What is the next thing that will hit us? Brace for it, because it will be HUGE





Despite having ancient seers (the “haruspices”) as ancestors, I don’t claim to be able to predict the future. But I think I can prepare for the future. So, let me try to propose a possible scenario for the new coming big thing that’s going to hit us. 

Do you remember how many things changed during the past 2-3 years, and changed so unbelievably fast? There was a pattern in these changes: one element of the pattern was that we were told they were just temporary another that they were done for our sake. “Two weeks to flatten the curve,” and “the sanctions will cause the Russian economy to collapse in two weeks,” and many more things that were supposed to help us. Then, things would “return to normal” after a short time. Instead, they generated a “new normal” that was not at all like the old one. 

Now, the obvious question is “what next?” More exactly, “what are they going to hit us with, next time?” There is this idea that there may be a new pandemic, a new virus, or the old one returning. But, no. They are smarter than that — so far they have always been one step, maybe two, ahead of us. They are masters of propaganda, they know that propaganda is all based on memes, and that memes have a finite lifetime. Old memes are like old newspapers, they are not interesting anymore. A particular bugaboo can’t scare people for too long and the idea of scaring us with a pandemic virus is past its usefulness stage. They may have probed us with the “monkeypox” pandemic and they saw that it didn’t work — it was obvious anyway. So, now what?

Let me suggest one possible new way to hit us. You may have heard of it, but so far it was supposed to be something marginal, not designed to create another “new normal.” But it may. It is huge, it is gigantic, it is arriving. It is the price cap on Russian oil. The idea is that a cartel of countries, mainly western ones, will agree on prohibiting the import of Russian oil, unless it is priced at less than $60 per barrel. It will also make it more difficult for Russia to export oil abroad even to countries which do not subscribe to the agreement.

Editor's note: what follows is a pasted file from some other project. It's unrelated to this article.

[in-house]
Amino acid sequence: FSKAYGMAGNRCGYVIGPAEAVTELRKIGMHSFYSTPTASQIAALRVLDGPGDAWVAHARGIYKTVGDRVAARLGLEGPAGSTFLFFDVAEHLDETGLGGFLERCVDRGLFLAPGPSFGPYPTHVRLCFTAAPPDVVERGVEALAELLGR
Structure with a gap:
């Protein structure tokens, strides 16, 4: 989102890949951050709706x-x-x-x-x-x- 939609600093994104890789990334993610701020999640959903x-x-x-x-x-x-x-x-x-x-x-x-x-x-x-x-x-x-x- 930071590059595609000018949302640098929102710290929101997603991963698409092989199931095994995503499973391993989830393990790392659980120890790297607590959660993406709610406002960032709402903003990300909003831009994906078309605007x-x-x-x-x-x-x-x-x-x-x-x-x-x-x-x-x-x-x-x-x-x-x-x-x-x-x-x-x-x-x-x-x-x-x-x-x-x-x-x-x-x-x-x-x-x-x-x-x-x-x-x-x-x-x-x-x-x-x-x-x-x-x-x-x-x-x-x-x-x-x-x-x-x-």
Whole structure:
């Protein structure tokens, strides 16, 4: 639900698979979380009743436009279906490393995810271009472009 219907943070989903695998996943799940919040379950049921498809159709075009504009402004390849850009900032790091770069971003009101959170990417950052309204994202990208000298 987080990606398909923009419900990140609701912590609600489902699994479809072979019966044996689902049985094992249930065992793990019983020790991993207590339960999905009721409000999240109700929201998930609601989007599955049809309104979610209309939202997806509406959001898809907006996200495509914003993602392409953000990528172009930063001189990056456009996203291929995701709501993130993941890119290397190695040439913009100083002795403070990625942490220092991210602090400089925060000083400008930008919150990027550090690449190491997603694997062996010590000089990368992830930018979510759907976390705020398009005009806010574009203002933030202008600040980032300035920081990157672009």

This idea is, as usual, promoted as a way to help us. Not only it will harm the evil Putin, but it will reduce oil prices, and so everyone in the West should be happy. But will it actually work in this way? Unlikely, to say the least, and it is probable that the promoters know that very well. 

Think about that: it had never happened during the past hundred years that a cartel of countries had intervened to force a certain oil price. Even during the famed “Oil Crisis” of the 1970s, the Organization of Petroleum Exporting Countries (OPEC) never did what it is often accused of having done, that is fixing a high oil price. OPEC can only set production quotas of sanction certain countries, but it has no power, and never had power, on prices, which are set by the international market. 

It is known that when governments meddle with prices, the results are always bad. Typically, if the price set by the government is too low, that will give rise to a black market and it may make the goods disappear from the official market. It was a typical feature of the Soviet economy. Prices were fixed by the central government, and often were set at low levels to give the impression that certain goods were affordable. But it wasn’t so: theoretically, Soviet citizens could afford caviar sold at government-established prices. In practice, this caviar almost never existed in shops. But, of course, it was possible to find it in the black market if one could pay exorbitant prices for it.

Today, intervening to set a price for Russian oil is equivalent to throwing a wrench into the gears of a huge machine. Nobody knows exactly how the market is going to react. The only sure thing is that the Russians are refusing to submit and they won’t sell their oil to countries subscribing to the agreement. The overall result of having removed a major producer from the market can only be one: increasing oil prices. Exactly the opposite of what the price cap is supposed to do. But this is the very minimum that can happen: the effect of the cap are unpredictable on a market that’s already unstable and subjected to wild price oscillations.